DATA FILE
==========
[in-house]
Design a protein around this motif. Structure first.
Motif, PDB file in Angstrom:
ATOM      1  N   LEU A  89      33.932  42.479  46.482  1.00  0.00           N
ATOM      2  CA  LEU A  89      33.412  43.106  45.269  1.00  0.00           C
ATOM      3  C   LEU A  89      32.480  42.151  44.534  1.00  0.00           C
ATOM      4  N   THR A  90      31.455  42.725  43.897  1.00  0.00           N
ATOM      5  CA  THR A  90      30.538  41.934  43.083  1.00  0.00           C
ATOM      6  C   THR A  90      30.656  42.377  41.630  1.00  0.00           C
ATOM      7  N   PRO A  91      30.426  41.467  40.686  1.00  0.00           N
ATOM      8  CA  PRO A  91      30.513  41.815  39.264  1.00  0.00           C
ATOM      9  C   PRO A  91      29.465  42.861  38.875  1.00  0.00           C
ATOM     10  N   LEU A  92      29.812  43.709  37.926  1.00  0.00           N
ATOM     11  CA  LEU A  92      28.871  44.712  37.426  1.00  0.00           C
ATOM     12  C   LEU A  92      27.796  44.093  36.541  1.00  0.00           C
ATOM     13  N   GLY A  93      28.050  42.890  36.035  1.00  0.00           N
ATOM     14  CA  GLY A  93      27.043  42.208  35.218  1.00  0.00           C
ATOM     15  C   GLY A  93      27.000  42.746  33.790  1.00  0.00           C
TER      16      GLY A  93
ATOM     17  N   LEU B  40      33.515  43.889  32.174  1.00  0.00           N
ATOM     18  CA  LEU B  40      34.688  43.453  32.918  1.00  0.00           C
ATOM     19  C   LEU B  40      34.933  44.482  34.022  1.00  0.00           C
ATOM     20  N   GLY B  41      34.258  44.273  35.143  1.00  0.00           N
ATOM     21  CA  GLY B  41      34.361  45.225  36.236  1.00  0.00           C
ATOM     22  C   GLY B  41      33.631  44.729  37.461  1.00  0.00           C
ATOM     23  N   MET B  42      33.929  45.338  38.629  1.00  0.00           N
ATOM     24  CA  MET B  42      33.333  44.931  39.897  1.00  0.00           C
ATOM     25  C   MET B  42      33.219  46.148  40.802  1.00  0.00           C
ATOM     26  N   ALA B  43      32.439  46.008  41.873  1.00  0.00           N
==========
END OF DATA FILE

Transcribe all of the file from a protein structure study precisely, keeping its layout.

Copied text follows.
[in-house]
Design a protein around this motif. Structure first.
Motif, PDB file in Angstrom:
ATOM      1  N   LEU A  89      33.932  42.479  46.482  1.00  0.00           N
ATOM      2  CA  LEU A  89      33.412  43.106  45.269  1.00  0.00           C
ATOM      3  C   LEU A  89      32.480  42.151  44.534  1.00  0.00           C
ATOM      4  N   THR A  90      31.455  42.725  43.897  1.00  0.00           N
ATOM      5  CA  THR A  90      30.538  41.934  43.083  1.00  0.00           C
ATOM      6  C   THR A  90      30.656  42.377  41.630  1.00  0.00           C
ATOM      7  N   PRO A  91      30.426  41.467  40.686  1.00  0.00           N
ATOM      8  CA  PRO A  91      30.513  41.815  39.264  1.00  0.00           C
ATOM      9  C   PRO A  91      29.465  42.861  38.875  1.00  0.00           C
ATOM     10  N   LEU A  92      29.812  43.709  37.926  1.00  0.00           N
ATOM     11  CA  LEU A  92      28.871  44.712  37.426  1.00  0.00           C
ATOM     12  C   LEU A  92      27.796  44.093  36.541  1.00  0.00           C
ATOM     13  N   GLY A  93      28.050  42.890  36.035  1.00  0.00           N
ATOM     14  CA  GLY A  93      27.043  42.208  35.218  1.00  0.00           C
ATOM     15  C   GLY A  93      27.000  42.746  33.790  1.00  0.00           C
TER      16      GLY A  93
ATOM     17  N   LEU B  40      33.515  43.889  32.174  1.00  0.00           N
ATOM     18  CA  LEU B  40      34.688  43.453  32.918  1.00  0.00           C
ATOM     19  C   LEU B  40      34.933  44.482  34.022  1.00  0.00           C
ATOM     20  N   GLY B  41      34.258  44.273  35.143  1.00  0.00           N
ATOM     21  CA  GLY B  41      34.361  45.225  36.236  1.00  0.00           C
ATOM     22  C   GLY B  41      33.631  44.729  37.461  1.00  0.00           C
ATOM     23  N   MET B  42      33.929  45.338  38.629  1.00  0.00           N
ATOM     24  CA  MET B  42      33.333  44.931  39.897  1.00  0.00           C
ATOM     25  C   MET B  42      33.219  46.148  40.802  1.00  0.00           C
ATOM     26  N   ALA B  43      32.439  46.008  41.873  1.00  0.00           N